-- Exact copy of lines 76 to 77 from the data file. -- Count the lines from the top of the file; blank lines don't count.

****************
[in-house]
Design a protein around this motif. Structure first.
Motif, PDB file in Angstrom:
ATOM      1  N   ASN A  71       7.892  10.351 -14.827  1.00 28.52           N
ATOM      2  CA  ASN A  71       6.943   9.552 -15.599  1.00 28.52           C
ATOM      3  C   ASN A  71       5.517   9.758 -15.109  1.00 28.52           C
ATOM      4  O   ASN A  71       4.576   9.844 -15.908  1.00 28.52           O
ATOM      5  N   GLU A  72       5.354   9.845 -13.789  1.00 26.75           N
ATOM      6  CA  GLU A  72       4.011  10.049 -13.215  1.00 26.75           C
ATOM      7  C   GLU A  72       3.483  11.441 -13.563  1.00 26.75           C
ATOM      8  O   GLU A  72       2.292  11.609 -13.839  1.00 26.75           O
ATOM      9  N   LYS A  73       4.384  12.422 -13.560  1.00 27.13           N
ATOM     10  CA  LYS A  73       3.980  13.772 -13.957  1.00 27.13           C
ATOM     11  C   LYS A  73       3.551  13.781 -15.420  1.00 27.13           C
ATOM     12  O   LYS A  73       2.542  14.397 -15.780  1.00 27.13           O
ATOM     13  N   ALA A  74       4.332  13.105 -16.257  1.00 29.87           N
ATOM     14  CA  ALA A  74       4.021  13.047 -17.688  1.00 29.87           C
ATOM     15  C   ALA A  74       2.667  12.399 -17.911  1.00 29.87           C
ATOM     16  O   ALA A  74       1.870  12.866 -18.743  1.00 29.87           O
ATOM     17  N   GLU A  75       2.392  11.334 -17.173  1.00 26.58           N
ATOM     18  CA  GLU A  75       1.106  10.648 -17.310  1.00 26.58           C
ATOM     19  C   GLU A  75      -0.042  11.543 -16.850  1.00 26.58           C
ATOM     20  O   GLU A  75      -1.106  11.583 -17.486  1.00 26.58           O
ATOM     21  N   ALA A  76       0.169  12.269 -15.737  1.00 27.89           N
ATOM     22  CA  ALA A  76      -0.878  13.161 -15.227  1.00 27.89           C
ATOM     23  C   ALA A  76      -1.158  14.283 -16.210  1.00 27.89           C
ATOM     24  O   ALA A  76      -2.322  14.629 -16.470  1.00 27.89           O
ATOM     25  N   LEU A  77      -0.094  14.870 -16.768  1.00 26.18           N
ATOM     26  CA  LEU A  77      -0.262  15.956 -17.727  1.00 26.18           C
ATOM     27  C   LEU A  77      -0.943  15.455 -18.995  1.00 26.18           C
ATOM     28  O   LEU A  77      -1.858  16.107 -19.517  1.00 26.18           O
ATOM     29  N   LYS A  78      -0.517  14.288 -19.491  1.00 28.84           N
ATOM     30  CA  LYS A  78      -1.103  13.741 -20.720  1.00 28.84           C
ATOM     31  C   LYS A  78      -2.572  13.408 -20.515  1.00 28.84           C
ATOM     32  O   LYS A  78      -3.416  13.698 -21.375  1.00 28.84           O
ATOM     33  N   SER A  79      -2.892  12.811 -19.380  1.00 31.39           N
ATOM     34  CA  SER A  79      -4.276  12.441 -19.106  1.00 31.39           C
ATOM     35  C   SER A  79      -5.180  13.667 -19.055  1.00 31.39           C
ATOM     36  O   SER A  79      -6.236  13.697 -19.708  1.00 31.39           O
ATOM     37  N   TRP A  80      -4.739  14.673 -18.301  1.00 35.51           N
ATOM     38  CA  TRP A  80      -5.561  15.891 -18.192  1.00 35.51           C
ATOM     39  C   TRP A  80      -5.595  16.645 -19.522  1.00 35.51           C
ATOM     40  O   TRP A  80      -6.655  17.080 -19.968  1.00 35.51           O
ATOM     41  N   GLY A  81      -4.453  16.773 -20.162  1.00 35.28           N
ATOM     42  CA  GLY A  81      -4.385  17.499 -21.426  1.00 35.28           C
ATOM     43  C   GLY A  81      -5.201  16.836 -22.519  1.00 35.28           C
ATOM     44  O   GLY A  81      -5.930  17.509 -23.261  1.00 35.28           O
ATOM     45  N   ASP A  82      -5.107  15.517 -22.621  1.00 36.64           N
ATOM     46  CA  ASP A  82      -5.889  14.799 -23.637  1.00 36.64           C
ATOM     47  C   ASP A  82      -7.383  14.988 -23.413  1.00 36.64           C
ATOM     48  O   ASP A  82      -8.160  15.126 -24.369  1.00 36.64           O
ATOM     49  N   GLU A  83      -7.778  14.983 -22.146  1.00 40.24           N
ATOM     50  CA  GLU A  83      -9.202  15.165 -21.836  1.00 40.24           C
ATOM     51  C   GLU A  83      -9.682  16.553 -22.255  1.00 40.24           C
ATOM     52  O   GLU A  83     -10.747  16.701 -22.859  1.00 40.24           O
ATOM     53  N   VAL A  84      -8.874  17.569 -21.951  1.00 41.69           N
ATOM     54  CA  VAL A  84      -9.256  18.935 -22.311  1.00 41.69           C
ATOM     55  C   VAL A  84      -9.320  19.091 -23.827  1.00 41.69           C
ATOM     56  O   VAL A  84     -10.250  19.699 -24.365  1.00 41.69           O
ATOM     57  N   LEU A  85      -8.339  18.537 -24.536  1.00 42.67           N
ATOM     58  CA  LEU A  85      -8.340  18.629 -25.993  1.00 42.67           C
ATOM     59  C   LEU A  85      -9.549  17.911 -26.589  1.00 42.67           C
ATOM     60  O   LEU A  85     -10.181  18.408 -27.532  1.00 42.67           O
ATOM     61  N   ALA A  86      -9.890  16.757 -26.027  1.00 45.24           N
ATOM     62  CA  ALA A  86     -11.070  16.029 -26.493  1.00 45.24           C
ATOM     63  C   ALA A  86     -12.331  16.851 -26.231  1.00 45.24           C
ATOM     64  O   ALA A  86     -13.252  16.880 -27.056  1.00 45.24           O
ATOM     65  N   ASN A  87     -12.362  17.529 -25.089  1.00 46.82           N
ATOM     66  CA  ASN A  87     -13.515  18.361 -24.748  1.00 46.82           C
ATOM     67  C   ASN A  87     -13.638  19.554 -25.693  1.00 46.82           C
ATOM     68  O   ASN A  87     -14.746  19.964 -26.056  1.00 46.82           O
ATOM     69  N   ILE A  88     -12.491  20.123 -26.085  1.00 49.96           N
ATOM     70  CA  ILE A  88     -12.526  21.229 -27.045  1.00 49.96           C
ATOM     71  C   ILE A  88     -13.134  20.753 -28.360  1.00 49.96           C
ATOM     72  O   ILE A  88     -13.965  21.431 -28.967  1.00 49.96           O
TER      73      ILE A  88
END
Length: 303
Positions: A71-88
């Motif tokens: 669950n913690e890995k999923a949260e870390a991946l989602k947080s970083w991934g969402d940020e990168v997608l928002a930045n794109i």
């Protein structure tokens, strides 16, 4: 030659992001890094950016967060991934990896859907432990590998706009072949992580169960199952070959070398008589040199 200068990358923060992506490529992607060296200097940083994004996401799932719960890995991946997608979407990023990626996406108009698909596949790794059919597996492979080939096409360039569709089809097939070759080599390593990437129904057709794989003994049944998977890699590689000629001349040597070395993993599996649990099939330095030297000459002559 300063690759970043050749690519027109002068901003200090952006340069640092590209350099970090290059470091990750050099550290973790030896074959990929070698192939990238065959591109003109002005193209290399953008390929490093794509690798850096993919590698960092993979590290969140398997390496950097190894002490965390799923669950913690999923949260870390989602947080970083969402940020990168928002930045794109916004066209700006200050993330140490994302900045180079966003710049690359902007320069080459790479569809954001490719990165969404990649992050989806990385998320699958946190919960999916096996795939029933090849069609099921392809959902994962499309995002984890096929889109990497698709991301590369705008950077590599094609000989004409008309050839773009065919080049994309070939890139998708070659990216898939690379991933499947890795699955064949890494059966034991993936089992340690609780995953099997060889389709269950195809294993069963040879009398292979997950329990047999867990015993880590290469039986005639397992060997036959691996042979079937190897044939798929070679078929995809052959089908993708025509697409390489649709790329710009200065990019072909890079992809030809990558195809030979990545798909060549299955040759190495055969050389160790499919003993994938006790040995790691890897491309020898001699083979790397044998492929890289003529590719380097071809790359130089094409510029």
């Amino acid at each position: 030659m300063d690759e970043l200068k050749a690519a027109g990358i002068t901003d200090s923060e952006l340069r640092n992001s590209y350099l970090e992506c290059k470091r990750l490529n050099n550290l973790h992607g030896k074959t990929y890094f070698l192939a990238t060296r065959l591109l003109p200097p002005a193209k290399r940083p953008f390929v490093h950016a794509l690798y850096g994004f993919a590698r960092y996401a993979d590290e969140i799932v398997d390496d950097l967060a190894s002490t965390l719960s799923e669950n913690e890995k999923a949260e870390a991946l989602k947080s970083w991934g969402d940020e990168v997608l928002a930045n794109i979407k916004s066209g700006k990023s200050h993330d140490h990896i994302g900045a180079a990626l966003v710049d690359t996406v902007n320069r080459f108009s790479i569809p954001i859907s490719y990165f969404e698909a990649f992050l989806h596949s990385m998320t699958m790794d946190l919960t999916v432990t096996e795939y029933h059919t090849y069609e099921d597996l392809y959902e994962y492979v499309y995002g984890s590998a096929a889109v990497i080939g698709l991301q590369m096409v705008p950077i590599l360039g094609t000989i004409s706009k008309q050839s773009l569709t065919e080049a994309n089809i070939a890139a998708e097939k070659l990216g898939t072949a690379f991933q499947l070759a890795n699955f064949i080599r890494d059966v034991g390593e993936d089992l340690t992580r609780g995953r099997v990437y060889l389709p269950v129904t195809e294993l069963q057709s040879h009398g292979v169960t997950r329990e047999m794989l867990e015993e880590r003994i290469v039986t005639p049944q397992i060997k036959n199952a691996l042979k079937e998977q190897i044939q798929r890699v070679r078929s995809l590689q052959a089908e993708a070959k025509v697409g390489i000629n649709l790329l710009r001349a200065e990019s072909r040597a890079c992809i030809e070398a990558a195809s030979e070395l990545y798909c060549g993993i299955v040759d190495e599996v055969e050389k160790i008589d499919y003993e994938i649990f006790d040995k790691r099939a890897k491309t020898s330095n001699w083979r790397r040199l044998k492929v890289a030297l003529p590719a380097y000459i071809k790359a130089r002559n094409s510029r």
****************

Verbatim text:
TER      73      ILE A  88
END